Additionally, Route 53 offers features such as traffic routing policies, which allow users to control how traffic is distributed between different resources, and DNS failover, which automatically redirects traffic to a backup resource in case of an outage.

Overall, these measures ensure that Route 53 provides reliable and fast DNS services to customers, helping to ensure flawless performance of their web applications and services.

Sending a Request to Amazon S3

To send a request to Amazon S3, you can use the APIs provided by Amazon S3. These APIs are offered in different programming languages such as Java, Python, Ruby, etc. The requests can be sent using HTTP methods like GET, PUT, POST, DELETE, etc.

Below is an example of sending a GET request to Amazon S3 to retrieve the contents of an object:

import boto3

s3 = boto3.client('s3') response = s3.get_object(Bucket='your_bucket_name', Key='your_object_key')


In this example, we are using the Python SDK for Amazon S3. The client is created using the 'boto3' module, and then we are calling the 'get_object' method on the client to retrieve the contents of the object specified by its keyname. The response contains the object data and other metadata that can be used for further processing.

What is included in AMI?

AMI (Amazon Machine Image) includes the information required to launch an instance, which includes:

  • The operating system
  • The application server
  • Other software required for the machine to run
  • Launch permissions that control which AWS accounts can use the AMI to launch instances
Tip: AMIs are customized and shared across multiple users allowing them to create an instance with the software that fits their specific needs.

Types of Instances

There are several types of instances in programming, including:

  • Class instances: objects created from a class
  • Module instances: objects created from a module
  • Function instances: objects created from a function
  • Built-in instances: objects created from built-in types like list, dictionary, etc.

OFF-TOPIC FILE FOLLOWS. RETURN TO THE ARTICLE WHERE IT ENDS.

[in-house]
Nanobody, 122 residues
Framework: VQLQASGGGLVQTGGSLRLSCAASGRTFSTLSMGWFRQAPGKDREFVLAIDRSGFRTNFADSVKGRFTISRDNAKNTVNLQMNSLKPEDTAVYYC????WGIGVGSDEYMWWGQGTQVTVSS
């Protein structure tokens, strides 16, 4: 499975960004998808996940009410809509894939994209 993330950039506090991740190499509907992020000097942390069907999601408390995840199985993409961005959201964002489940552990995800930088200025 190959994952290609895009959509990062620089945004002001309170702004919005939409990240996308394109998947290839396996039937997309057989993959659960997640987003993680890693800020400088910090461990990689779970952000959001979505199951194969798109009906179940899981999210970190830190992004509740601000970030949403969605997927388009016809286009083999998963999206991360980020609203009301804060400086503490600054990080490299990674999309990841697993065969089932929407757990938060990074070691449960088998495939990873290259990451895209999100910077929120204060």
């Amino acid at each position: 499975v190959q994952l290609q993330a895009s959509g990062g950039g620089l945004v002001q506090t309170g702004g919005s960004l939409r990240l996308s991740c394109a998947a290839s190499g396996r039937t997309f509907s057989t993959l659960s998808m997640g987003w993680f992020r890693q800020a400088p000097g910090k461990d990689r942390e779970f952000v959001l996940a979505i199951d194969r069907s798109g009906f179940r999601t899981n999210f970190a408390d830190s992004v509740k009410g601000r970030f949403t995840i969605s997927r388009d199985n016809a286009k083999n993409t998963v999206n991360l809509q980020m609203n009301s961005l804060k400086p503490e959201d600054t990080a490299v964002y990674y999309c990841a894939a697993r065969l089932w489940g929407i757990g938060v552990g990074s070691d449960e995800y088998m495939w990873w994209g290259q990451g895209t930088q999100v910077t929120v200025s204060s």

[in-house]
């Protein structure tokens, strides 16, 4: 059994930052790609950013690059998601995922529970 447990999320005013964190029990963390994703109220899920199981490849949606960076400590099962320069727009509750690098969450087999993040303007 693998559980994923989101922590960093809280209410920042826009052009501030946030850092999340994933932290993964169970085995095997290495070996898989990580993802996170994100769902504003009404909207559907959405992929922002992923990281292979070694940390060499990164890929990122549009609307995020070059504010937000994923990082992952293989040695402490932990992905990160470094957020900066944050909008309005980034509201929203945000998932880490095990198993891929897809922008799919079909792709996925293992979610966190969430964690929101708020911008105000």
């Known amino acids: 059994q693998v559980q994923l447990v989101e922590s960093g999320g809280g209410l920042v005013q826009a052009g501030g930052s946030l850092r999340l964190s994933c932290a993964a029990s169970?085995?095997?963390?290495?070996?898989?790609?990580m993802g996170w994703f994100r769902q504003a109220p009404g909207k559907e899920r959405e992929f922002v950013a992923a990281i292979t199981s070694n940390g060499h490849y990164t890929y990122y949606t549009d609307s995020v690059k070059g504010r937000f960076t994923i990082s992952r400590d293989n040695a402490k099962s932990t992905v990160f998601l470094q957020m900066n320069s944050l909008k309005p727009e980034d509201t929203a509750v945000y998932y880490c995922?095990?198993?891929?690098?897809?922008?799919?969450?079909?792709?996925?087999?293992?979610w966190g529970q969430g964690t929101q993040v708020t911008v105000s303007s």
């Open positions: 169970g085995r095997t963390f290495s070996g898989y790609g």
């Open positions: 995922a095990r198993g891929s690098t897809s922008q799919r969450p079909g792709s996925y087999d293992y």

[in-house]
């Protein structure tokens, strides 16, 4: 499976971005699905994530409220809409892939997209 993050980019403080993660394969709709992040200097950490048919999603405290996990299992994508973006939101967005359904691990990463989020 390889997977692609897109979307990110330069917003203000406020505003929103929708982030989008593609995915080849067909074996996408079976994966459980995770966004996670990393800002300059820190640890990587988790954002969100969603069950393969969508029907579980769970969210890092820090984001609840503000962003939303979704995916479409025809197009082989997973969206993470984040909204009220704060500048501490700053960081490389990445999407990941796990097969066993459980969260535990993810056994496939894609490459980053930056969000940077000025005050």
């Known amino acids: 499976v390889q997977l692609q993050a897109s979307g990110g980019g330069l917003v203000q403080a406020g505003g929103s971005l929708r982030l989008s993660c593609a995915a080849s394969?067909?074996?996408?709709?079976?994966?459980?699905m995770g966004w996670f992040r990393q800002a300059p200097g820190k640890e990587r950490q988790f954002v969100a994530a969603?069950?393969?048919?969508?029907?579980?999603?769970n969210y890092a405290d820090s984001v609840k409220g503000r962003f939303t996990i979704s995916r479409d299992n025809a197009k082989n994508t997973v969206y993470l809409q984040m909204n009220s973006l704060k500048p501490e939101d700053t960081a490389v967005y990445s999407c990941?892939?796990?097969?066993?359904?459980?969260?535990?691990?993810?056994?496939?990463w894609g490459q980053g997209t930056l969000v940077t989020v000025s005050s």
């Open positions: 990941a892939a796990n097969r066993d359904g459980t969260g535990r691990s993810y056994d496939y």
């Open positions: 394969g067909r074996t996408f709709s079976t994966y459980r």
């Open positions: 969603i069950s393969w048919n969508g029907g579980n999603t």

• User-defined instances: objects created from classes created by the user

Each instance has its own set of data and behavior, determined by the class or type it was created from.

Understanding the Relationship between Availability Zone and Region

In cloud computing, a region refers to a specific geographic location where a cloud provider's data centers are located. An availability zone, on the other hand, is a specific data center within a region that operates independently of other data centers within the same region.

An availability zone is designed to be physically and logically separate from other availability zones in the same region. This ensures that applications are highly available and fault-tolerant. For example, if a user is running an application in one availability zone and that zone experiences an outage, the application can automatically failover to another availability zone within the same region, which ensures service continuity.

Therefore, multiple availability zones within a region provide redundancy, fault tolerance, and disaster recovery capabilities. They also enable users to deploy and run applications in a highly available and scalable manner.

Monitoring Amazon VPC

To monitor Amazon VPC, you can use Amazon CloudWatch, which is a monitoring service provided by Amazon Web Services. Here are the steps to monitor Amazon VPC:

1. Go to the AWS Management Console and open the CloudWatch console.

2. In the left-hand menu, select "Logs" and then select "Log groups".

3. Choose the log group for your VPC, and then select "Create Metric Filter".

4. Set up the metric filter to capture the desired log data.

5. Once the metric filter has been set up, it should start sending data to Amazon CloudWatch and you can view the metrics in the CloudWatch Metrics console.

6. You can also set up CloudWatch Alarms to notify you when metrics meet certain thresholds or conditions.

By monitoring Amazon VPC with CloudWatch, you can keep track of network traffic, latency, and other important metrics in real time, helping you to maintain optimal network performance.

Types of Amazon EC2 Instances According to their Costs

Amazon Elastic Compute Cloud (EC2) offers a variety of instances with different costs to meet various workloads and use cases. Some of the types of EC2 instances based on their costs include: